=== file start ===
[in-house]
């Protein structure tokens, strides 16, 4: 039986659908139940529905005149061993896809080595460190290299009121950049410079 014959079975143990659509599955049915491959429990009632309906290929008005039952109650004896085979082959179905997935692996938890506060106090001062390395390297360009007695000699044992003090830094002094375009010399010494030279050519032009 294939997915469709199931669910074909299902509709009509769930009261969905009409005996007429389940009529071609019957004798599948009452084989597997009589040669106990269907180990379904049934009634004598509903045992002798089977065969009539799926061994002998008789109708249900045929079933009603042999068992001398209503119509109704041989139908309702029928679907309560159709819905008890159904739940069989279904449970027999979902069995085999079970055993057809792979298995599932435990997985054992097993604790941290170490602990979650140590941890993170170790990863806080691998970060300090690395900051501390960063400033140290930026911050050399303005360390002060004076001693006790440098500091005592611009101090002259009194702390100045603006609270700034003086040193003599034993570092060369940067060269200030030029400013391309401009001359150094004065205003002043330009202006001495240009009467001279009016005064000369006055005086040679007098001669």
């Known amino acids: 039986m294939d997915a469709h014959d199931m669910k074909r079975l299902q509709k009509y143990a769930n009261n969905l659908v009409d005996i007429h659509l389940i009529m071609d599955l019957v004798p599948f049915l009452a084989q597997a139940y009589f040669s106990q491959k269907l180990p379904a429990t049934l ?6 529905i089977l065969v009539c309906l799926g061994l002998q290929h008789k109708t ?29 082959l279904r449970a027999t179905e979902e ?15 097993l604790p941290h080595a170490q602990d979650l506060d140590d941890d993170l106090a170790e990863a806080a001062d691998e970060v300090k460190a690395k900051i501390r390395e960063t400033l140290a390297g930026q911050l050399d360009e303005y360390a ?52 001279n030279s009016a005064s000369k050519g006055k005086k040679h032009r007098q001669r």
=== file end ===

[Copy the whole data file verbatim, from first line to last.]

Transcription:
[in-house]
């Protein structure tokens, strides 16, 4: 039986659908139940529905005149061993896809080595460190290299009121950049410079 014959079975143990659509599955049915491959429990009632309906290929008005039952109650004896085979082959179905997935692996938890506060106090001062390395390297360009007695000699044992003090830094002094375009010399010494030279050519032009 294939997915469709199931669910074909299902509709009509769930009261969905009409005996007429389940009529071609019957004798599948009452084989597997009589040669106990269907180990379904049934009634004598509903045992002798089977065969009539799926061994002998008789109708249900045929079933009603042999068992001398209503119509109704041989139908309702029928679907309560159709819905008890159904739940069989279904449970027999979902069995085999079970055993057809792979298995599932435990997985054992097993604790941290170490602990979650140590941890993170170790990863806080691998970060300090690395900051501390960063400033140290930026911050050399303005360390002060004076001693006790440098500091005592611009101090002259009194702390100045603006609270700034003086040193003599034993570092060369940067060269200030030029400013391309401009001359150094004065205003002043330009202006001495240009009467001279009016005064000369006055005086040679007098001669």
């Known amino acids: 039986m294939d997915a469709h014959d199931m669910k074909r079975l299902q509709k009509y143990a769930n009261n969905l659908v009409d005996i007429h659509l389940i009529m071609d599955l019957v004798p599948f049915l009452a084989q597997a139940y009589f040669s106990q491959k269907l180990p379904a429990t049934l ?6 529905i089977l065969v009539c309906l799926g061994l002998q290929h008789k109708t ?29 082959l279904r449970a027999t179905e979902e ?15 097993l604790p941290h080595a170490q602990d979650l506060d140590d941890d993170l106090a170790e990863a806080a001062d691998e970060v300090k460190a690395k900051i501390r390395e960063t400033l140290a390297g930026q911050l050399d360009e303005y360390a ?52 001279n030279s009016a005064s000369k050519g006055k005086k040679h032009r007098q001669r």